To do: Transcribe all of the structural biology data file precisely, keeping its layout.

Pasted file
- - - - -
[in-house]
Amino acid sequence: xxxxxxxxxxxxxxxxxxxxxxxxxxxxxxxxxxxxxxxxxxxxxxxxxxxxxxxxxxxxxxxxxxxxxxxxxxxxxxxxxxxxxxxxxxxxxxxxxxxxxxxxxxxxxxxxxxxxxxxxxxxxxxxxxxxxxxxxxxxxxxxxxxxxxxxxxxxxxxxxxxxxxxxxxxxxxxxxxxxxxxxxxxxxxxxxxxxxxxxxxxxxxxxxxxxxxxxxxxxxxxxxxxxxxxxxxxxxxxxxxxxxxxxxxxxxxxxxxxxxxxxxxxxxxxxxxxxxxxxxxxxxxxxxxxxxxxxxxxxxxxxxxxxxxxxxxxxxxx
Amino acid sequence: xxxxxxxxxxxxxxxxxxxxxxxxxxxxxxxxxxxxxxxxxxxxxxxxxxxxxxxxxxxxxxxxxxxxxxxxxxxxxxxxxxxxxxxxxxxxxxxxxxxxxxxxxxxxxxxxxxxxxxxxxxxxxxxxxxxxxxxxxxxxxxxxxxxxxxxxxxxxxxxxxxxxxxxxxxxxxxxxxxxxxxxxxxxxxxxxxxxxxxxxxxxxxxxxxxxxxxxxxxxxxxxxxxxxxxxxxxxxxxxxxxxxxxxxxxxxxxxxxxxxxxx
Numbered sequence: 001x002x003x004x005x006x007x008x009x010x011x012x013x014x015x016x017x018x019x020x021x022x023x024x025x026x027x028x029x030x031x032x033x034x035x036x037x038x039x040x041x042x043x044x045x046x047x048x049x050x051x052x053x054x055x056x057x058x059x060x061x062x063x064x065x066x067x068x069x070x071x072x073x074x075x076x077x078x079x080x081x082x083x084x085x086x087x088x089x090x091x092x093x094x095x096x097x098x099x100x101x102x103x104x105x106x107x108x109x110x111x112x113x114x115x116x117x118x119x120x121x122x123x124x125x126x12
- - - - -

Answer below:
[in-house]
Amino acid sequence: xxxxxxxxxxxxxxxxxxxxxxxxxxxxxxxxxxxxxxxxxxxxxxxxxxxxxxxxxxxxxxxxxxxxxxxxxxxxxxxxxxxxxxxxxxxxxxxxxxxxxxxxxxxxxxxxxxxxxxxxxxxxxxxxxxxxxxxxxxxxxxxxxxxxxxxxxxxxxxxxxxxxxxxxxxxxxxxxxxxxxxxxxxxxxxxxxxxxxxxxxxxxxxxxxxxxxxxxxxxxxxxxxxxxxxxxxxxxxxxxxxxxxxxxxxxxxxxxxxxxxxxxxxxxxxxxxxxxxxxxxxxxxxxxxxxxxxxxxxxxxxxxxxxxxxxxxxxxxx
Amino acid sequence: xxxxxxxxxxxxxxxxxxxxxxxxxxxxxxxxxxxxxxxxxxxxxxxxxxxxxxxxxxxxxxxxxxxxxxxxxxxxxxxxxxxxxxxxxxxxxxxxxxxxxxxxxxxxxxxxxxxxxxxxxxxxxxxxxxxxxxxxxxxxxxxxxxxxxxxxxxxxxxxxxxxxxxxxxxxxxxxxxxxxxxxxxxxxxxxxxxxxxxxxxxxxxxxxxxxxxxxxxxxxxxxxxxxxxxxxxxxxxxxxxxxxxxxxxxxxxxxxxxxxxxx
Numbered sequence: 001x002x003x004x005x006x007x008x009x010x011x012x013x014x015x016x017x018x019x020x021x022x023x024x025x026x027x028x029x030x031x032x033x034x035x036x037x038x039x040x041x042x043x044x045x046x047x048x049x050x051x052x053x054x055x056x057x058x059x060x061x062x063x064x065x066x067x068x069x070x071x072x073x074x075x076x077x078x079x080x081x082x083x084x085x086x087x088x089x090x091x092x093x094x095x096x097x098x099x100x101x102x103x104x105x106x107x108x109x110x111x112x113x114x115x116x117x118x119x120x121x122x123x124x125x126x12